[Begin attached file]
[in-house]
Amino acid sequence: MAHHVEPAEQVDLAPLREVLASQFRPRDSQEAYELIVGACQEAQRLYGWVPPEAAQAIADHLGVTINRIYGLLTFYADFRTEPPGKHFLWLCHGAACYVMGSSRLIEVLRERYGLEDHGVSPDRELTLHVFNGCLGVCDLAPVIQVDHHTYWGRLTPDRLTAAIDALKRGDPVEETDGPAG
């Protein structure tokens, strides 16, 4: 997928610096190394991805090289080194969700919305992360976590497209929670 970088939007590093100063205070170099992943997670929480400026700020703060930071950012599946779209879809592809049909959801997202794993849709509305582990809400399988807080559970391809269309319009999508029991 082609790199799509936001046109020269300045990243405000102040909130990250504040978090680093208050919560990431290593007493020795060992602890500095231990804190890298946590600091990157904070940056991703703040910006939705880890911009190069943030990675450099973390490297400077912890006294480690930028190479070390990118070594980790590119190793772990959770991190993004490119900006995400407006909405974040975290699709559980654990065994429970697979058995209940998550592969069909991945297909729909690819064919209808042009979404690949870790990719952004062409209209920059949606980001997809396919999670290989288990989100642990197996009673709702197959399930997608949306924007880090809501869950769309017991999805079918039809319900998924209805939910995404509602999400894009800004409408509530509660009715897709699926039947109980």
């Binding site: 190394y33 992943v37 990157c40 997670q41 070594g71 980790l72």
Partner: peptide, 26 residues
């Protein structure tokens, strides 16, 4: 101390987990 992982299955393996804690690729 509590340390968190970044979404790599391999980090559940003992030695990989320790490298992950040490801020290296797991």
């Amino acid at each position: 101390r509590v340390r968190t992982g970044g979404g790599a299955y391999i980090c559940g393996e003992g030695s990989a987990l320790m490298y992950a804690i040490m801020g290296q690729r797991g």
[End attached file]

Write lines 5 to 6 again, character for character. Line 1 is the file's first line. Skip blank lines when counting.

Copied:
Partner: peptide, 26 residues
């Protein structure tokens, strides 16, 4: 101390987990 992982299955393996804690690729 509590340390968190970044979404790599391999980090559940003992030695990989320790490298992950040490801020290296797991």